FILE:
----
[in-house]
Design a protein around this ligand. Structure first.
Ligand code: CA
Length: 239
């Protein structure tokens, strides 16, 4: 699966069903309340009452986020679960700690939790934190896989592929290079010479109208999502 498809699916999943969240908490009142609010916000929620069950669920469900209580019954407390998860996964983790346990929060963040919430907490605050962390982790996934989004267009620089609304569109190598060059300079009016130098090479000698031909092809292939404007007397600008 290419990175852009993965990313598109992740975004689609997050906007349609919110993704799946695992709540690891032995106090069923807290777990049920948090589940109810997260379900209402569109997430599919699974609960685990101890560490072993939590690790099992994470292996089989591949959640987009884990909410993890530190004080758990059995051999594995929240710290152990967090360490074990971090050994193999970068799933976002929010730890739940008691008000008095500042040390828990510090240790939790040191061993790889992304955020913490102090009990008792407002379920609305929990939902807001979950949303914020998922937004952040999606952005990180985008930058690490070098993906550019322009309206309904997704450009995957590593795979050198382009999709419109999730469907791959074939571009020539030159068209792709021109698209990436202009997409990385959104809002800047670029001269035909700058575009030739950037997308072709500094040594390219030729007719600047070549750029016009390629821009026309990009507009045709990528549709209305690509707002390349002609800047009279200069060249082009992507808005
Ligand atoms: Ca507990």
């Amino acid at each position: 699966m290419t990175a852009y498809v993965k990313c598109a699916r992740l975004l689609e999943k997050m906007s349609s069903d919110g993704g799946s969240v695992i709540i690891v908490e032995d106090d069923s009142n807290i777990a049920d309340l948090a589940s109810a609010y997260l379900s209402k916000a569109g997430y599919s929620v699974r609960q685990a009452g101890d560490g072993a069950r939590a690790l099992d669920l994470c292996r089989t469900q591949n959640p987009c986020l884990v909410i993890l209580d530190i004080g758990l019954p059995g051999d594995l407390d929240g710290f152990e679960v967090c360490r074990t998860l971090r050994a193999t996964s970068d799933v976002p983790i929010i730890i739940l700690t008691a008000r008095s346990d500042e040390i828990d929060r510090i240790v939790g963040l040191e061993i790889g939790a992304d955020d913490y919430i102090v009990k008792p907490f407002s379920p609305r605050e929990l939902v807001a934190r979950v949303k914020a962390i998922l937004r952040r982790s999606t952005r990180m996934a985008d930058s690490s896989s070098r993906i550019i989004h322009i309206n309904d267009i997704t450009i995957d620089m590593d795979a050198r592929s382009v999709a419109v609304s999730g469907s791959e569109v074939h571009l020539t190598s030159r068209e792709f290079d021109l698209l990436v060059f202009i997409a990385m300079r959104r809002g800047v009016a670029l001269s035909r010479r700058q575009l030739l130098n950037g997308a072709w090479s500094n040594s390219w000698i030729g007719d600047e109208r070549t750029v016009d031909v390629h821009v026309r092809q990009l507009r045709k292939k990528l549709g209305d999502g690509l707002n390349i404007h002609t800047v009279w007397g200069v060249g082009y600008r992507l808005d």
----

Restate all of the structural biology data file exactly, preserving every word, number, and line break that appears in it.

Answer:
[in-house]
Design a protein around this ligand. Structure first.
Ligand code: CA
Length: 239
């Protein structure tokens, strides 16, 4: 699966069903309340009452986020679960700690939790934190896989592929290079010479109208999502 498809699916999943969240908490009142609010916000929620069950669920469900209580019954407390998860996964983790346990929060963040919430907490605050962390982790996934989004267009620089609304569109190598060059300079009016130098090479000698031909092809292939404007007397600008 290419990175852009993965990313598109992740975004689609997050906007349609919110993704799946695992709540690891032995106090069923807290777990049920948090589940109810997260379900209402569109997430599919699974609960685990101890560490072993939590690790099992994470292996089989591949959640987009884990909410993890530190004080758990059995051999594995929240710290152990967090360490074990971090050994193999970068799933976002929010730890739940008691008000008095500042040390828990510090240790939790040191061993790889992304955020913490102090009990008792407002379920609305929990939902807001979950949303914020998922937004952040999606952005990180985008930058690490070098993906550019322009309206309904997704450009995957590593795979050198382009999709419109999730469907791959074939571009020539030159068209792709021109698209990436202009997409990385959104809002800047670029001269035909700058575009030739950037997308072709500094040594390219030729007719600047070549750029016009390629821009026309990009507009045709990528549709209305690509707002390349002609800047009279200069060249082009992507808005
Ligand atoms: Ca507990």
């Amino acid at each position: 699966m290419t990175a852009y498809v993965k990313c598109a699916r992740l975004l689609e999943k997050m906007s349609s069903d919110g993704g799946s969240v695992i709540i690891v908490e032995d106090d069923s009142n807290i777990a049920d309340l948090a589940s109810a609010y997260l379900s209402k916000a569109g997430y599919s929620v699974r609960q685990a009452g101890d560490g072993a069950r939590a690790l099992d669920l994470c292996r089989t469900q591949n959640p987009c986020l884990v909410i993890l209580d530190i004080g758990l019954p059995g051999d594995l407390d929240g710290f152990e679960v967090c360490r074990t998860l971090r050994a193999t996964s970068d799933v976002p983790i929010i730890i739940l700690t008691a008000r008095s346990d500042e040390i828990d929060r510090i240790v939790g963040l040191e061993i790889g939790a992304d955020d913490y919430i102090v009990k008792p907490f407002s379920p609305r605050e929990l939902v807001a934190r979950v949303k914020a962390i998922l937004r952040r982790s999606t952005r990180m996934a985008d930058s690490s896989s070098r993906i550019i989004h322009i309206n309904d267009i997704t450009i995957d620089m590593d795979a050198r592929s382009v999709a419109v609304s999730g469907s791959e569109v074939h571009l020539t190598s030159r068209e792709f290079d021109l698209l990436v060059f202009i997409a990385m300079r959104r809002g800047v009016a670029l001269s035909r010479r700058q575009l030739l130098n950037g997308a072709w090479s500094n040594s390219w000698i030729g007719d600047e109208r070549t750029v016009d031909v390629h821009v026309r092809q990009l507009r045709k292939k990528l549709g209305d999502g690509l707002n390349i404007h002609t800047v009279w007397g200069v060249g082009y600008r992507l808005d």